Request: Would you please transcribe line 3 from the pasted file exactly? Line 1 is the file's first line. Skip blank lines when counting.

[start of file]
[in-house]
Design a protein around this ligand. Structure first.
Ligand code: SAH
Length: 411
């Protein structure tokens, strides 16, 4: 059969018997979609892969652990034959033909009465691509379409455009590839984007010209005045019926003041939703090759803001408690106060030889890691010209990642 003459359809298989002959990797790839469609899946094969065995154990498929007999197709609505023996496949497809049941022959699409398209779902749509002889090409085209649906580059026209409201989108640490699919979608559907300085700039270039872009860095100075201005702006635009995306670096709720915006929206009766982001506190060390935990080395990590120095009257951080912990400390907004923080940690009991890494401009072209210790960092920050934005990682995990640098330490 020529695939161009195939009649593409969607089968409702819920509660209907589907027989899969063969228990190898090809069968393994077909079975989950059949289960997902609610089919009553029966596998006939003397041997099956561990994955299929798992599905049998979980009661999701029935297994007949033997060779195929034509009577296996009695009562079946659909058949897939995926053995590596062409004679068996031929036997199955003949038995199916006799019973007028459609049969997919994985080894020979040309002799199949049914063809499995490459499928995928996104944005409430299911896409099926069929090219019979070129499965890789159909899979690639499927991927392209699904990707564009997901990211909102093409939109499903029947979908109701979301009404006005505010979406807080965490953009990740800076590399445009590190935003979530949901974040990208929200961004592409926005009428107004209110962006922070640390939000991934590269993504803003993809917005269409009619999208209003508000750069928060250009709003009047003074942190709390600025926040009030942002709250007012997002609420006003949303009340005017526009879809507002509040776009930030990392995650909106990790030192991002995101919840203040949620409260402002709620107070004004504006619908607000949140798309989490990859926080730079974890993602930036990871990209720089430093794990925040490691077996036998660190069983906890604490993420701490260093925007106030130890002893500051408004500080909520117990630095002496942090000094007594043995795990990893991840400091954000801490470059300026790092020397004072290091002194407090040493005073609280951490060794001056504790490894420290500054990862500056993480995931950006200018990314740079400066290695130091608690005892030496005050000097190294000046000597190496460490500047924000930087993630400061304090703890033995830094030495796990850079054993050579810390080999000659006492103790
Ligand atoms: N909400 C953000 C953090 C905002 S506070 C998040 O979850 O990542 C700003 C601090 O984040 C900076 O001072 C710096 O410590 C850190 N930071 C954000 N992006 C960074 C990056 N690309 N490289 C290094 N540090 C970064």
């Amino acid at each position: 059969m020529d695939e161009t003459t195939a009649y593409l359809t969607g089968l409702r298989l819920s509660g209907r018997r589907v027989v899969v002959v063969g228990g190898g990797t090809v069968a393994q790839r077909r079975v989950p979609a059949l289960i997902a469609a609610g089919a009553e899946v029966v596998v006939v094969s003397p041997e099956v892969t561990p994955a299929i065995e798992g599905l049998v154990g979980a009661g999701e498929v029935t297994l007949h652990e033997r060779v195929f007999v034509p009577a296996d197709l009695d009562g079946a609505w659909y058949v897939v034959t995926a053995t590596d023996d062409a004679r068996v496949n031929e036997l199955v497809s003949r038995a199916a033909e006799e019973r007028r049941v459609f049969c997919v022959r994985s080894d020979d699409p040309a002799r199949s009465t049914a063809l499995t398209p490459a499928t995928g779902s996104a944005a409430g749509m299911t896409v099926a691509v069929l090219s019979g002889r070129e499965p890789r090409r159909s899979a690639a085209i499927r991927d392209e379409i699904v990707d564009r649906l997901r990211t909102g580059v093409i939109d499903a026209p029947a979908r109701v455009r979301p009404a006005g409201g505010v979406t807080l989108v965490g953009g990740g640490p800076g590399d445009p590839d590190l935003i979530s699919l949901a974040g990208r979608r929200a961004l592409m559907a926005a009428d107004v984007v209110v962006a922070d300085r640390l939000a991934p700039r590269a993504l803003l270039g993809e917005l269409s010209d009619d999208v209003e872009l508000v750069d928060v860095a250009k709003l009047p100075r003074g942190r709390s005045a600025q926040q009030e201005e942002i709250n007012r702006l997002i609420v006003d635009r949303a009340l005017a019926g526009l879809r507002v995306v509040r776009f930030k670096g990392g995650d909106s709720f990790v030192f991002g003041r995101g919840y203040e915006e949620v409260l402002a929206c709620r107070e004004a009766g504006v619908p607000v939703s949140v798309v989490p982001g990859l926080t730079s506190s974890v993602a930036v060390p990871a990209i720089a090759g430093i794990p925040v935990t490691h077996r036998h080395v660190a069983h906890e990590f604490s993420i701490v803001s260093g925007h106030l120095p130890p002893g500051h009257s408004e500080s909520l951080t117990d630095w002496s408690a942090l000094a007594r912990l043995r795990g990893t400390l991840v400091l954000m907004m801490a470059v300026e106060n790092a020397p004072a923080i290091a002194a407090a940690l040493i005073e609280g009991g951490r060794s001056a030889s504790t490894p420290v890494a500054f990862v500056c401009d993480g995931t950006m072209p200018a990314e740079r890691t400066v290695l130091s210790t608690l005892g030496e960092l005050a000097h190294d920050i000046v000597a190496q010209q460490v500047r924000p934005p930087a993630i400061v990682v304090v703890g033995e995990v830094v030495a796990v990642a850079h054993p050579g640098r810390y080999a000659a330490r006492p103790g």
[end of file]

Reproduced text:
Ligand code: SAH